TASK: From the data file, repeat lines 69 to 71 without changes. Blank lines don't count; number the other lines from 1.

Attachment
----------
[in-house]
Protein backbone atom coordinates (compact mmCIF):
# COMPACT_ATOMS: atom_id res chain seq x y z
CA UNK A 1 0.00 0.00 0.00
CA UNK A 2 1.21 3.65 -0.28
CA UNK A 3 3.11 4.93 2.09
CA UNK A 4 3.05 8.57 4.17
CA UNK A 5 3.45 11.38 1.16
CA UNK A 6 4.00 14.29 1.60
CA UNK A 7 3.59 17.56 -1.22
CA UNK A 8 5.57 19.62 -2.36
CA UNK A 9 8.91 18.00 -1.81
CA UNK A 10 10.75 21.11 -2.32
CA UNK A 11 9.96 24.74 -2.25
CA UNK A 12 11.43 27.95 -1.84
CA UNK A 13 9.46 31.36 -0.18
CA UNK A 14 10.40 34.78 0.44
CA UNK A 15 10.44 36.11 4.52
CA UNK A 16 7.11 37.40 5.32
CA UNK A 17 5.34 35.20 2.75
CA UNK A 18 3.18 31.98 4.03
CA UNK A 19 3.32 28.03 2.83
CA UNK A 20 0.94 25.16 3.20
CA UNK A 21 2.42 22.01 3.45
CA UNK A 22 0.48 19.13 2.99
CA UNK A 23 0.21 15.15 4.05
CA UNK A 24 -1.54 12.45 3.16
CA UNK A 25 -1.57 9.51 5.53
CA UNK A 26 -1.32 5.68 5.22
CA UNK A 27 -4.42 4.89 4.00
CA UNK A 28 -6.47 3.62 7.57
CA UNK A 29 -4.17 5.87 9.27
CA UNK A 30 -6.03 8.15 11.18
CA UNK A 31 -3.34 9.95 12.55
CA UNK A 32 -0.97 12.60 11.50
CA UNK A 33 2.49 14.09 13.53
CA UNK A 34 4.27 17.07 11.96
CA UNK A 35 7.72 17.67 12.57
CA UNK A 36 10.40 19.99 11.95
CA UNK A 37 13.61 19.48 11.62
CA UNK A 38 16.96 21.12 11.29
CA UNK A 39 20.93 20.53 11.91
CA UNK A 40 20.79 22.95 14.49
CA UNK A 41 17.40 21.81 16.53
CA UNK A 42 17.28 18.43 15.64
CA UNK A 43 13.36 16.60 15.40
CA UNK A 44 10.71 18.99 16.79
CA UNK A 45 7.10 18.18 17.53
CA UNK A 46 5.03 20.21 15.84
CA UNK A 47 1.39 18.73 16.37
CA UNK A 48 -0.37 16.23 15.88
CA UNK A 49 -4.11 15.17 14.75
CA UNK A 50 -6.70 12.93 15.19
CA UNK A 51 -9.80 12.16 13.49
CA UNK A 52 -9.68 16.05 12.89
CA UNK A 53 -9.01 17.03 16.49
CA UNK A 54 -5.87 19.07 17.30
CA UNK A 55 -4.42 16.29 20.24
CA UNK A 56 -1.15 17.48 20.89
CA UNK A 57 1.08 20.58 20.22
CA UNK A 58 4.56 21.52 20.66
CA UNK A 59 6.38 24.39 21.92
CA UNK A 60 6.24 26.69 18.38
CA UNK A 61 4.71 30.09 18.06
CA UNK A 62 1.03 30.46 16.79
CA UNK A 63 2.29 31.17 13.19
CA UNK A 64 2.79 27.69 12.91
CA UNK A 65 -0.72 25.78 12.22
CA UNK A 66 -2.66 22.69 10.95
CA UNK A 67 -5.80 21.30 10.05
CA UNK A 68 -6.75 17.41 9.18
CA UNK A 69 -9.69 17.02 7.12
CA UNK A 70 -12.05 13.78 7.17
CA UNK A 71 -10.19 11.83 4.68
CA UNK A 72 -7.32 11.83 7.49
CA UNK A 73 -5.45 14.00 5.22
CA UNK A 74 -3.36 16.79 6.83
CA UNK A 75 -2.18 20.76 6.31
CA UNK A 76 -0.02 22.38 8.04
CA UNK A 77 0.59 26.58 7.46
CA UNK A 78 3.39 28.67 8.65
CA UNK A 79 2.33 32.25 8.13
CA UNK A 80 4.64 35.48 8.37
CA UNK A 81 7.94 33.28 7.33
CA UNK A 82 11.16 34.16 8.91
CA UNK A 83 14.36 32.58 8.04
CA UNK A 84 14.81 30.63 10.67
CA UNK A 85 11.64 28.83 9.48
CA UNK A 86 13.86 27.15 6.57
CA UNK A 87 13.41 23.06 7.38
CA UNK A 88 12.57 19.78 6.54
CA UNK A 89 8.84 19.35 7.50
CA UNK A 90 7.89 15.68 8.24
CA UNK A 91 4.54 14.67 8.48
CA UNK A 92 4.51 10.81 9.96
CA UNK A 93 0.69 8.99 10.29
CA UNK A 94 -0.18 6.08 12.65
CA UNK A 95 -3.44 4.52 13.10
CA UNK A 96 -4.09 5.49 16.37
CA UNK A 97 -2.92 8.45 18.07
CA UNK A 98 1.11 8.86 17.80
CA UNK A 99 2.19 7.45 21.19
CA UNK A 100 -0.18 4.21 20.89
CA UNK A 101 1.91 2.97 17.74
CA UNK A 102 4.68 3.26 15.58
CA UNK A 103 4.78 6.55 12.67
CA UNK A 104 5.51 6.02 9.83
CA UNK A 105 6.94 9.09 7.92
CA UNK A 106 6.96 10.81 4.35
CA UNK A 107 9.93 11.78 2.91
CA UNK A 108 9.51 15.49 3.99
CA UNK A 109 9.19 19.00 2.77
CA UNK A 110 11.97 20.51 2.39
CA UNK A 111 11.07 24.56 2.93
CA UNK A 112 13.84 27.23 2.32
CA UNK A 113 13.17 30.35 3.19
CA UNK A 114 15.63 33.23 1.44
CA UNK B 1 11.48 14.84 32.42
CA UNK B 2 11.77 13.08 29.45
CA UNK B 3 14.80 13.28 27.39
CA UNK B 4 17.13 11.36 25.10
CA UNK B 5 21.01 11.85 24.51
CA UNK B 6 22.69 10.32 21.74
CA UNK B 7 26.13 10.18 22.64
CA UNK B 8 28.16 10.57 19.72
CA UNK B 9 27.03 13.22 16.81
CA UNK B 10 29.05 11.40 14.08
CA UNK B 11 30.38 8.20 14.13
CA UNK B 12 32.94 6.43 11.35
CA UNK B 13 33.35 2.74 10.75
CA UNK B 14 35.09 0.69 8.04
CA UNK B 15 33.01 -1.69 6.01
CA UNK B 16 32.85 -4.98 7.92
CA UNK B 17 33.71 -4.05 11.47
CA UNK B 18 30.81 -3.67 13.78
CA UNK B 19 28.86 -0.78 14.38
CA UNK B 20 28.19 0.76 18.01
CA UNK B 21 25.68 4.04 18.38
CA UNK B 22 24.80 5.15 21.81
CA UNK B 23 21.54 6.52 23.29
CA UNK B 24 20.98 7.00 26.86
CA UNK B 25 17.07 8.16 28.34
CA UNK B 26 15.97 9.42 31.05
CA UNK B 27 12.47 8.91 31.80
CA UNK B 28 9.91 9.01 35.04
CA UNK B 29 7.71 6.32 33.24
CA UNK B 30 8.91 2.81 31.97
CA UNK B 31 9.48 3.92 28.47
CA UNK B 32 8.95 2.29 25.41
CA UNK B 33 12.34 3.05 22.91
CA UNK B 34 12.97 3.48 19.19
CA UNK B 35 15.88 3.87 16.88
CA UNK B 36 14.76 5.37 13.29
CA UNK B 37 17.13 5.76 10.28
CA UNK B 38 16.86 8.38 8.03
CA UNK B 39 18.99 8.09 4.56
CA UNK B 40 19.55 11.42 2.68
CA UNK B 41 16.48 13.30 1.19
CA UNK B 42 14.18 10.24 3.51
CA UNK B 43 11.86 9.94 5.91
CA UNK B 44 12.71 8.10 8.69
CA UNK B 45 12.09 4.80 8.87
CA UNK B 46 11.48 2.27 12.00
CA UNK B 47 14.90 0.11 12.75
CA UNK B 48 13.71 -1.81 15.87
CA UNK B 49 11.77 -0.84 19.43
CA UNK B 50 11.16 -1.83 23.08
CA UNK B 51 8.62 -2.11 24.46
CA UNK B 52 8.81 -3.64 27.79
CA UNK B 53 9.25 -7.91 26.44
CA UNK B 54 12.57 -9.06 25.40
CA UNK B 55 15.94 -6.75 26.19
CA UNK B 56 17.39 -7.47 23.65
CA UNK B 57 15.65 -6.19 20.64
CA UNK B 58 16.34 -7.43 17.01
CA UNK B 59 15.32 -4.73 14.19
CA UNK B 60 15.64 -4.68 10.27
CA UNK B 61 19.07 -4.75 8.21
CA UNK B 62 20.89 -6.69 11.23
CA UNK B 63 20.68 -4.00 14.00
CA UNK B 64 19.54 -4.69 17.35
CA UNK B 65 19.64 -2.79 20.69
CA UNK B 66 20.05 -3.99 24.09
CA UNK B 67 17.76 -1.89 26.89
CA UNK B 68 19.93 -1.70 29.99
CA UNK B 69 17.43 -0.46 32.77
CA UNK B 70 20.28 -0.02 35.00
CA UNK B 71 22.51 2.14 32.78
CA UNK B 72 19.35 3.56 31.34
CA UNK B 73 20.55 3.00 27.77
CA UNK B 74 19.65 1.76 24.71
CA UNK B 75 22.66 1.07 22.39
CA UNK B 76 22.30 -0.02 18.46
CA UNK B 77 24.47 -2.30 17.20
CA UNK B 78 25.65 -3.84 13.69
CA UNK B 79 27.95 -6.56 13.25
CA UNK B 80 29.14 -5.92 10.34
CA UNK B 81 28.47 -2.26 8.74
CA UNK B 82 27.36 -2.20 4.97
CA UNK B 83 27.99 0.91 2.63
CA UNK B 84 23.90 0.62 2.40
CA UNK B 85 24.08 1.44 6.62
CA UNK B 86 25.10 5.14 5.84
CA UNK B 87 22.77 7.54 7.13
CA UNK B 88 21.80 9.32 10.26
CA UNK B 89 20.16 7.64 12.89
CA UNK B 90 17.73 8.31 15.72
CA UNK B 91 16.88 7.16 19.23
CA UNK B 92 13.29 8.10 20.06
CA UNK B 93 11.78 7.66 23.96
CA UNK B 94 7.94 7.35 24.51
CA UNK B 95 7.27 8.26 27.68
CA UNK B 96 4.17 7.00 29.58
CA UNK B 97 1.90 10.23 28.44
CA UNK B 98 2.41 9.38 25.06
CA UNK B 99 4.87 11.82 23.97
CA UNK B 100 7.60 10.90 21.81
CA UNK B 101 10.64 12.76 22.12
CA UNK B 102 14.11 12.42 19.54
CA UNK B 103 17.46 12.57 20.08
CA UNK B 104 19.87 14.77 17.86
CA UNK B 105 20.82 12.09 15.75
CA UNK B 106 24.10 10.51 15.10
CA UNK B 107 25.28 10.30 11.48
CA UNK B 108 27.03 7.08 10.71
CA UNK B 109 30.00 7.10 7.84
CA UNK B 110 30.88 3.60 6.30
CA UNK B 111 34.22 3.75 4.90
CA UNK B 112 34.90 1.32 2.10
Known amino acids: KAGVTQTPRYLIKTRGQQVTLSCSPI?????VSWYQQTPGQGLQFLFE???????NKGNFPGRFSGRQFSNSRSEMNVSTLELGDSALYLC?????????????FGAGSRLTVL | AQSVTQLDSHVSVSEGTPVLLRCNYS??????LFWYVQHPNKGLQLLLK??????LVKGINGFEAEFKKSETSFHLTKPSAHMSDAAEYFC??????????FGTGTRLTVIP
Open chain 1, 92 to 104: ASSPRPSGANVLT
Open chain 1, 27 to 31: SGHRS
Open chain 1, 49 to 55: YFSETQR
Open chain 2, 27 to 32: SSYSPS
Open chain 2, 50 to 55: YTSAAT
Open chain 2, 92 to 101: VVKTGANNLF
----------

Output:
CA UNK A 66 -2.66 22.69 10.95
CA UNK A 67 -5.80 21.30 10.05
CA UNK A 68 -6.75 17.41 9.18